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Extinction of conditioned opiate withdrawal in rats in a two-chambered place conditioning apparatus

Nature Protocols volume 7, pages 517526 (2012) | Download Citation

Abstract

Conditioned opiate withdrawal contributes to relapse in addicts and can be studied in rats by using the opiate withdrawal–induced conditioned place aversion (OW-CPA) paradigm. Attenuation of conditioned withdrawal through extinction may be beneficial in the treatment of addiction. Here we describe a protocol for studying OW-CPA extinction using a two-chambered place conditioning apparatus. Rats are made dependent on morphine through subcutaneous implantation of morphine pellets and then are trained to acquire OW-CPA through pairings of one chamber with naloxone-precipitated withdrawal and the other chamber with saline. Extinction training consists of re-exposures to both chambers in the absence of precipitated withdrawal. Rats tested after the completion of training show a decline in avoidance of the formerly naloxone-paired chamber with increasing numbers of extinction training sessions. The protocol takes a minimum of 7 d; the exact duration varies with the amount of extinction training, which is determined by the goals of the experiment.

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Acknowledgements

This work was supported by the National Institute on Drug Abuse (NIDA) (DA012736 to W.A.C. and DA027752 to K.M.M.). The content is solely the responsibility of the authors and does not necessarily represent the official views of NIDA or the US National Institutes of Health.

Author information

Affiliations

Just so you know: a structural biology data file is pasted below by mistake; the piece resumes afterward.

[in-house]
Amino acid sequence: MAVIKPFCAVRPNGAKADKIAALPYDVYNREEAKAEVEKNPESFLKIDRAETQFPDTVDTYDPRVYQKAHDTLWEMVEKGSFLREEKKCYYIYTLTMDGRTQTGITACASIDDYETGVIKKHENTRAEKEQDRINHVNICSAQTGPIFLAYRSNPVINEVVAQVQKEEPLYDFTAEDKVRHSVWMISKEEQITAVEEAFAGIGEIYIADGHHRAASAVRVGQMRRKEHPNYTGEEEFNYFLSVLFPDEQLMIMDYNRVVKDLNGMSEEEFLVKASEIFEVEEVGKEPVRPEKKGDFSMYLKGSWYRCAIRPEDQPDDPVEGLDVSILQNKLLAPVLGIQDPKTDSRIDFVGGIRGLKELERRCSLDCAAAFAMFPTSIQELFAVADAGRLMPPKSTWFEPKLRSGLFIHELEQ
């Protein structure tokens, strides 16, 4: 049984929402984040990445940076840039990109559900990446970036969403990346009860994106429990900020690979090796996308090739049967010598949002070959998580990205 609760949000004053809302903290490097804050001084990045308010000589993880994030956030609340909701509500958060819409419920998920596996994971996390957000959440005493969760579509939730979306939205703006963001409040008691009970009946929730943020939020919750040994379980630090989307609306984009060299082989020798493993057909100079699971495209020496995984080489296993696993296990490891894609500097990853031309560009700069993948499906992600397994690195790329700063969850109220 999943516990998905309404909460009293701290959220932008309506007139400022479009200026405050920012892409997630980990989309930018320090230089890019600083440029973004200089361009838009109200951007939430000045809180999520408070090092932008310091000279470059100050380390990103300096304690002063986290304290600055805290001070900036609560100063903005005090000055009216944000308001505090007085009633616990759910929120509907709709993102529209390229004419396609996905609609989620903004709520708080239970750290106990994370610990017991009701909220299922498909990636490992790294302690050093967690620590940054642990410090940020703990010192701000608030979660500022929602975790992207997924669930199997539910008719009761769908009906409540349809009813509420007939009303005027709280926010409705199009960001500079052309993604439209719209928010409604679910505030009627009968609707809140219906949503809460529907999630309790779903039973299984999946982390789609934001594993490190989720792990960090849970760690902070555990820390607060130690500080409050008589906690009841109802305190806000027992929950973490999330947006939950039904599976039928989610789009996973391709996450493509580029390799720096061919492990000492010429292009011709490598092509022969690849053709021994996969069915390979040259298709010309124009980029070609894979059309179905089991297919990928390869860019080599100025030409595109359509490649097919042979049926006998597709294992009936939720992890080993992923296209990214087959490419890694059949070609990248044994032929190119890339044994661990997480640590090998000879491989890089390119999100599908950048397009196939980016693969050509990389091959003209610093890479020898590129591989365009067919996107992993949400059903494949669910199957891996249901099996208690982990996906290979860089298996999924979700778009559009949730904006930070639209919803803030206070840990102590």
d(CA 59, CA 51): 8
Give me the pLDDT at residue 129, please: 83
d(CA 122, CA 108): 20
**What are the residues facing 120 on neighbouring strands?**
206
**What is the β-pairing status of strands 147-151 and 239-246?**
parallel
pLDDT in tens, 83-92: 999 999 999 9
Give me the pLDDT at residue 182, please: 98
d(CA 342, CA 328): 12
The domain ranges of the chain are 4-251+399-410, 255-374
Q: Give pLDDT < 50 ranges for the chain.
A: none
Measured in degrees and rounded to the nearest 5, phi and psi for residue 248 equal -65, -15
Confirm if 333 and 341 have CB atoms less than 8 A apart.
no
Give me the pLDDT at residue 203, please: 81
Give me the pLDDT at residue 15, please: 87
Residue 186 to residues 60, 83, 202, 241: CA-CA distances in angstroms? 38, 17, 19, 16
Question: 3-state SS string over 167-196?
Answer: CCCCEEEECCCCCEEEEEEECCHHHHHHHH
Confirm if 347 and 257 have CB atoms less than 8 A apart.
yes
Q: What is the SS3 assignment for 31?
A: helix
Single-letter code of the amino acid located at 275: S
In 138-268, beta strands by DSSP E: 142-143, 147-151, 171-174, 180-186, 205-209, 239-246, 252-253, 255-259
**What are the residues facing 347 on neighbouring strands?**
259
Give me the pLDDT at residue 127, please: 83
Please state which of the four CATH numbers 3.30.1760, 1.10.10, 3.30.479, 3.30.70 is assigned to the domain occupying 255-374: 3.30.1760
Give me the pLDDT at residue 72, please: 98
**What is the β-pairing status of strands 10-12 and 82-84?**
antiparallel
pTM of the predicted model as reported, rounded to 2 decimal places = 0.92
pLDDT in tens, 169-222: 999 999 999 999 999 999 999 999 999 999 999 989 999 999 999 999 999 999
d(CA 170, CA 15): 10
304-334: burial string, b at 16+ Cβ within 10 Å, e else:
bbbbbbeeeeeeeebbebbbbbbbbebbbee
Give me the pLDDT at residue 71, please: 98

1. Behavioral Genetics Laboratory, McLean Hospital, Belmont, Massachusetts, USA.

    • Karyn M Myers
    • , Anita J Bechtholt-Gompf
    • , Brian R Coleman
    •  & William A Carlezon Jr
  2. Department of Psychiatry, Harvard Medical School, Mailman Research Center, Belmont, Massachusetts, USA.

    • Karyn M Myers
    • , Anita J Bechtholt-Gompf
    • , Brian R Coleman
    •  & William A Carlezon Jr

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Contributions

K.M.M. developed the concept, designed the experiments, collected data, analyzed the data and wrote the paper; A.J.B.-G. designed the apparatus, gathered pilot data and edited the manuscript; B.R.C. collected data; and W.A.C. developed the concept and edited the manuscript.

Competing interests

The authors declare no competing financial interests.

Corresponding author

Correspondence to William A Carlezon Jr.

Supplementary information

Image files

  1. 1.

    Supplementary Fig. 1

    The two-chambered place conditioning apparatus is unbiased. (a) Frequency distributions of time spent on grid and hole floors in naïve rats (n = 141) exposed to the apparatus for the first time were bimodally distributed, such that individual rats tended to prefer one or the other floor type, but as a group the rats showed no systematic bias. (b) Time spent on the grid and hole floors in 12 rats tested seven times. Most rats showed no consistent preference for one or the other floor type. (c) Mean preference scores (defined as time spent on the preferred floor minus time spent on the nonpreferred floor) of the 12 rats whose data are shown in panel b. Error bars indicate SEMs. ANOVA revealed a significant main effect of Test [F(6, 66) = 2.507; p = .030] and a significant linear trend [F(1, 11) = 9.865; p = .009]. All experimental protocols were approved by McLean Hospital's Institutional Animal Care and Use Committee (IACUC).